NOVEMBER 27, 2017
Province Brands CEO Dooma Wendschuh joins us to talk about technology on the cutting edge of cannabinoid science – namely, brewing beer from the cannabis plant. He believes Province Brands is creating valuable and defensible IP’s that are offering groundbreaking products made from cannabis, that don’t necessarily feel like marijuana products. Province Brands has the ability to essentially make beer from the “waste” products of other licensed producers. Province Brands is currently a privately held company in the Greater Toronto Area.
James West: Hey Dooma, thank you for coming back.
Dooma Wendschuh: Thank you for having me. It’s an honour to be here.
James West: Dooma, Constellation Brands, a Fortune 500 company as listed on the NYSE in the United States, spent $240 million buying a 9.9 percent interest in Canopy Growth Corp, Canada’s and the world’s largest cannabis producer. What is the effect of that transaction on the business of Province Brands?
Dooma Wendschuh: It’s changing not just the business of Province Brands; this changes the cannabis industry, and in the future, it will change the world. This is the first investment from a Fortune 500 company into our industry, and this first investment comes from one of the world’s leading alcohol companies. You can be sure that that money is going to be used to make beverages.
James West: Right.
Dooma Wendschuh: As I think you know, Canopy purchased not too long ago a Danish company that made beer that has hemp in it; also makes gin that’s infused with hemp. They’re just lining up the pieces to make a product a lot like ours.
If we were having this conversation three months ago, I was basically the black sheep of the Canadian cannabis industry.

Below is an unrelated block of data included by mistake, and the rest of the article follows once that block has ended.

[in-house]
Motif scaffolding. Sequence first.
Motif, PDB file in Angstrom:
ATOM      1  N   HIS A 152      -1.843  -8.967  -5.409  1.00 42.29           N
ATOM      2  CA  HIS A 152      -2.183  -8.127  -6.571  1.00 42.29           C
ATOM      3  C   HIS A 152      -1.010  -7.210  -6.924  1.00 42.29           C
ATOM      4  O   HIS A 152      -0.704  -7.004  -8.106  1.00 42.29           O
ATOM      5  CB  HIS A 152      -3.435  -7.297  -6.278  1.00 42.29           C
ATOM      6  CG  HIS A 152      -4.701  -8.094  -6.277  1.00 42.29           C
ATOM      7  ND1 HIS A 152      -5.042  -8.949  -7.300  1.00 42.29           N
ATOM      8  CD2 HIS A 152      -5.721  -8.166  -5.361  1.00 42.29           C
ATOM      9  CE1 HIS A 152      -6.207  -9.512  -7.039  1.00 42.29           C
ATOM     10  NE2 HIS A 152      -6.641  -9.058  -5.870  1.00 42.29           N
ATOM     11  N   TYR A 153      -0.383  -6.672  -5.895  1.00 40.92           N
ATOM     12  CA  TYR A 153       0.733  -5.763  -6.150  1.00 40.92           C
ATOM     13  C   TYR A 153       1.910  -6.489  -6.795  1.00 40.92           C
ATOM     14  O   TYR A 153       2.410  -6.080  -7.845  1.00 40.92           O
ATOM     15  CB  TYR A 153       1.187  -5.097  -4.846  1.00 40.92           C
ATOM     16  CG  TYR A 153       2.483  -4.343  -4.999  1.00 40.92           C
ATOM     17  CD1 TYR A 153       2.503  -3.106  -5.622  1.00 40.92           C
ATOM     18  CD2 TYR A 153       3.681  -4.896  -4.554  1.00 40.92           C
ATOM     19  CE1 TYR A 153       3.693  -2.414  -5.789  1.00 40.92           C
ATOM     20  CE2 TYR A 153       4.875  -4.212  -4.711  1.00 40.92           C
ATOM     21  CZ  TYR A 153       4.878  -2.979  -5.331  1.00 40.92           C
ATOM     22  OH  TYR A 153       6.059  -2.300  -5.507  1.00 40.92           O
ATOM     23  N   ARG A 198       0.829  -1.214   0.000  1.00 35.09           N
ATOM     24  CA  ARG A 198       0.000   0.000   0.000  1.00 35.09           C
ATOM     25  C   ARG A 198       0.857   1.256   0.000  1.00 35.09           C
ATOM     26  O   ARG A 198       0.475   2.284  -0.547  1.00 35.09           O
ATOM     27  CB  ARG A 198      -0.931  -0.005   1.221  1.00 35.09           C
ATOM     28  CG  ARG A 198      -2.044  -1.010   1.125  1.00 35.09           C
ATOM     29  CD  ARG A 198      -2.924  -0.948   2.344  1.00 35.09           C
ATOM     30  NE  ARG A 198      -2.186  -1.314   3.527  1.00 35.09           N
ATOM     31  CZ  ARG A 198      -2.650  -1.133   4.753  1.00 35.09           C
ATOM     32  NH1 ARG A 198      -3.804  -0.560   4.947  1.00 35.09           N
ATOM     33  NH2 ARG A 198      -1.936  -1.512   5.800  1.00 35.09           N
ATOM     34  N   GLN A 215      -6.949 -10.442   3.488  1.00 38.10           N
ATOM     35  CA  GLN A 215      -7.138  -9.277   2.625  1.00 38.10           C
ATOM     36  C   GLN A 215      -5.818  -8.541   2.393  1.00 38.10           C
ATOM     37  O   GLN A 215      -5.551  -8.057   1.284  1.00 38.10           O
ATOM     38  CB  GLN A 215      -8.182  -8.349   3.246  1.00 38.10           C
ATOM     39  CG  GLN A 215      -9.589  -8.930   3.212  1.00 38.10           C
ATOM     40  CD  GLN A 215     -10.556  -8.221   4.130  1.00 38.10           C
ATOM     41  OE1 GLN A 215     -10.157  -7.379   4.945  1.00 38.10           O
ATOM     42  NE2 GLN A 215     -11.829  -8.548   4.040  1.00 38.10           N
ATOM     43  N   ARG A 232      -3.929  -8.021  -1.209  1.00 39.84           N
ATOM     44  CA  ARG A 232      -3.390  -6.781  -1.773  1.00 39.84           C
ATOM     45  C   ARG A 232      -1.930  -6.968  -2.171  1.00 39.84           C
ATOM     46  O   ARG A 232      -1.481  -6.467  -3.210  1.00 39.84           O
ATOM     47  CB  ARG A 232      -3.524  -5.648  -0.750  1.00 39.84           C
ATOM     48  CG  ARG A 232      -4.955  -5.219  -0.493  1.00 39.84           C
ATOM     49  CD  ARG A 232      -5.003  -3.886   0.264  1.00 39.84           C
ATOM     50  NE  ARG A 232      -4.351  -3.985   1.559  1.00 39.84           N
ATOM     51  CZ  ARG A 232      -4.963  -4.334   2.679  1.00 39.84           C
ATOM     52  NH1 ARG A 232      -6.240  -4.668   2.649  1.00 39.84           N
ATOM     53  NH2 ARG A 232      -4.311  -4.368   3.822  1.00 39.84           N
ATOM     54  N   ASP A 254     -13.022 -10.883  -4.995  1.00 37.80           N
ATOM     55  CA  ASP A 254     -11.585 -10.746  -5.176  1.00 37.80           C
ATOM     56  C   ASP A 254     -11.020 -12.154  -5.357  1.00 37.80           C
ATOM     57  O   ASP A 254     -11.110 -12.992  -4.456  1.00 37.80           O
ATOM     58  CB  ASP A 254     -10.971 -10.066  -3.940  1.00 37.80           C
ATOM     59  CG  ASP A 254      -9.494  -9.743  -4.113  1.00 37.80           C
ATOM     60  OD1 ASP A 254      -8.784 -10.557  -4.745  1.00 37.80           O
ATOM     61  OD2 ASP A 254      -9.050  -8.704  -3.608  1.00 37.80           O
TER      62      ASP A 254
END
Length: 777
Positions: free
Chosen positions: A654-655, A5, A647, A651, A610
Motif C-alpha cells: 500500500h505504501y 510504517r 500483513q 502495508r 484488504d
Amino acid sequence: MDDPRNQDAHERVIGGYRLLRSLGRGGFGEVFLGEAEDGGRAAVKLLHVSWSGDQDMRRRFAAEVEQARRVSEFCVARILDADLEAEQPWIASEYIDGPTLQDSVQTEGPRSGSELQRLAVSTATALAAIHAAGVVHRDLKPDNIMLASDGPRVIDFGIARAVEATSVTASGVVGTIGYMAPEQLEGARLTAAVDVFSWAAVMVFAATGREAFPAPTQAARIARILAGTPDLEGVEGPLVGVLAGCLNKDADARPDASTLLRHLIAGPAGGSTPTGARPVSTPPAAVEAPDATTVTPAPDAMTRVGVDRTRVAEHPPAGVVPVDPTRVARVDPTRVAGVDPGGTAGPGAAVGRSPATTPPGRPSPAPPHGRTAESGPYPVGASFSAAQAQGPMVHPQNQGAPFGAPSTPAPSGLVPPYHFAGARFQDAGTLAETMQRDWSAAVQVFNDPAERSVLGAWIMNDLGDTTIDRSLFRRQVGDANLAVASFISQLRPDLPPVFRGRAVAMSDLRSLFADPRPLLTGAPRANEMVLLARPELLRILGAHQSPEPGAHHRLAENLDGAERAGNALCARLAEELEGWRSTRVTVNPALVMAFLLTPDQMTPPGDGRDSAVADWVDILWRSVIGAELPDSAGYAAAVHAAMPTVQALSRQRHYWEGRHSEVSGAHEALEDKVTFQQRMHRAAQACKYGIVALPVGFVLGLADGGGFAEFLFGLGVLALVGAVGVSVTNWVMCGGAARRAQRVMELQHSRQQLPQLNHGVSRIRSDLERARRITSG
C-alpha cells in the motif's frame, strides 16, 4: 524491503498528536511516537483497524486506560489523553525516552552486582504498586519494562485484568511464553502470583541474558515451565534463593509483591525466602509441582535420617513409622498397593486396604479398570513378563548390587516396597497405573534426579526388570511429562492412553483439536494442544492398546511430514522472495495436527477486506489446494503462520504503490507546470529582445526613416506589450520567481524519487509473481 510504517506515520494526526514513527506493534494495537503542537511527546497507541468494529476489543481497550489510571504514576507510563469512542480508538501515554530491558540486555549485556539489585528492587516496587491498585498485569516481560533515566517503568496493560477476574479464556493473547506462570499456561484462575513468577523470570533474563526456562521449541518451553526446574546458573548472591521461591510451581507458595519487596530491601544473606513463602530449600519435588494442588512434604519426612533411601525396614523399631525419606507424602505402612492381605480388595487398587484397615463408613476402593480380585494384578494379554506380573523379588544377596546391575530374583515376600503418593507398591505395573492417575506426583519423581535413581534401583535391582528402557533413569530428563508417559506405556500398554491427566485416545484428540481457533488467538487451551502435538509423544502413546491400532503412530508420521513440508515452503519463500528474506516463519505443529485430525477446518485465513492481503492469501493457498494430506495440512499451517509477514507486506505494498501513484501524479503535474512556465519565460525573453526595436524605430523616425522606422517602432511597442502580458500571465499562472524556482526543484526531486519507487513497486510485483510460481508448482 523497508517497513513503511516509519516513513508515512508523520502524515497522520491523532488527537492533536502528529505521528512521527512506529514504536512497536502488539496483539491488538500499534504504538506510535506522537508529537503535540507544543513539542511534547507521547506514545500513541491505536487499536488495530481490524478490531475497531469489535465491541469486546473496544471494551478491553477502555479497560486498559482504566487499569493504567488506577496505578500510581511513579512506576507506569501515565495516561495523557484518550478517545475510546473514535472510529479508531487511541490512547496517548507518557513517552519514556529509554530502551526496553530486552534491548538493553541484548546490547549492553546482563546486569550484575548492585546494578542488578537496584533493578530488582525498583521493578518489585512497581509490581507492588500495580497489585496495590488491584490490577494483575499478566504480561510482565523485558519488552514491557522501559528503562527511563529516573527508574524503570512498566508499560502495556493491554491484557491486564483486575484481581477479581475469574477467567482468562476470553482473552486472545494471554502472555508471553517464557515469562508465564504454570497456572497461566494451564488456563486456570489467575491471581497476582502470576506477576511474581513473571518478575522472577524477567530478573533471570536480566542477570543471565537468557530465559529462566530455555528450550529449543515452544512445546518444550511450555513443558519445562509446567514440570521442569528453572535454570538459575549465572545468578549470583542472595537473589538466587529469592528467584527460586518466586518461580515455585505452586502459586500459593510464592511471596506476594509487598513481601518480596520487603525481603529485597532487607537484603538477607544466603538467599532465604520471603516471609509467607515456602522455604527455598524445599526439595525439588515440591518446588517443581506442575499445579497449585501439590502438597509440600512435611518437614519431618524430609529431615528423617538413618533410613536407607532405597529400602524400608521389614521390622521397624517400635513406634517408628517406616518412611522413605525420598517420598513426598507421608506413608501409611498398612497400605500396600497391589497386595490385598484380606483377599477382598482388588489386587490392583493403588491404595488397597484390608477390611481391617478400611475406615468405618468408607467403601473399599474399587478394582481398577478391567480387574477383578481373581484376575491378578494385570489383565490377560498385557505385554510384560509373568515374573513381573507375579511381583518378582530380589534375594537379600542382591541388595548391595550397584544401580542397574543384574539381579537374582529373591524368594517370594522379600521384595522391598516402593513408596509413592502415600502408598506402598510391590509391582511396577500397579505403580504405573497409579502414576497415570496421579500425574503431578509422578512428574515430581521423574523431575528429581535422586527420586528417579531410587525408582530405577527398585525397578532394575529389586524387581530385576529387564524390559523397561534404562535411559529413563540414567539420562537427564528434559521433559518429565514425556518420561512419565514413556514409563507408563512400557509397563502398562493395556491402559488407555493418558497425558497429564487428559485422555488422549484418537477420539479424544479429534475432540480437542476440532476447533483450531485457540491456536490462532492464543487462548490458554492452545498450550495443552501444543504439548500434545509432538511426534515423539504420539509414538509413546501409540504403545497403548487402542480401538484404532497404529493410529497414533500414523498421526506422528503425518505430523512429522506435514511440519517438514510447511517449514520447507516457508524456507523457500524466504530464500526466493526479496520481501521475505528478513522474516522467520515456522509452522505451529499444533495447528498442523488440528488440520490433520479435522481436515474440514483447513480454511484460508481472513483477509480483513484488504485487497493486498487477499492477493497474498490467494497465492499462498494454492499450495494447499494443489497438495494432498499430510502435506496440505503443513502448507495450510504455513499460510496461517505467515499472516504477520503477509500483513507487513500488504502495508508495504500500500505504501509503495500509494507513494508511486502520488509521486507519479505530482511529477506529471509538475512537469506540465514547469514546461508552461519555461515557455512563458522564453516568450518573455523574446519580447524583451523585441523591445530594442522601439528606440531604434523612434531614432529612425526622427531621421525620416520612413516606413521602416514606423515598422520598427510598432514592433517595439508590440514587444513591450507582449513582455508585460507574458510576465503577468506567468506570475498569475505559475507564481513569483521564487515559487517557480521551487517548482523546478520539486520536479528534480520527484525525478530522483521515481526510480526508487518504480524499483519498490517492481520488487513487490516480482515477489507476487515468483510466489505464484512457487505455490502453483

James West: …six months ago.
Dooma Wendschuh: Yeah. And we were running around to people and saying look, we’re brewing a beer from cannabis, and everyone was saying ‘who wants that? You smoke weed! Edibles and beverages aren’t even legal in Canada!’
James West: I recall that the perception of investors and the feedback you would get occasionally would be, who is ever going to allow beer to be made from marijuana.
Dooma Wendschuh: Exactly. Well now, we are the whitest sheep of them all, because the past week and a half have been the most intense week and a half of my entire life. I was up till 2:00 a.m. last night negotiating a deal; I didn’t even know Canadians stayed up that late.
James West: Not from marijuana, we do!
Dooma Wendschuh: It was just amazing, you just have what it takes! It is just amazing the calibre of companies, major Fortune 500 companies, who have reached out to us because of what we do, and also, companies within the Canadian cannabis industry who don’t want to be left behind as the beverage revolution takes off.
James West: Okay. And refresh my mind: what is it that Province Brands is setting out to do?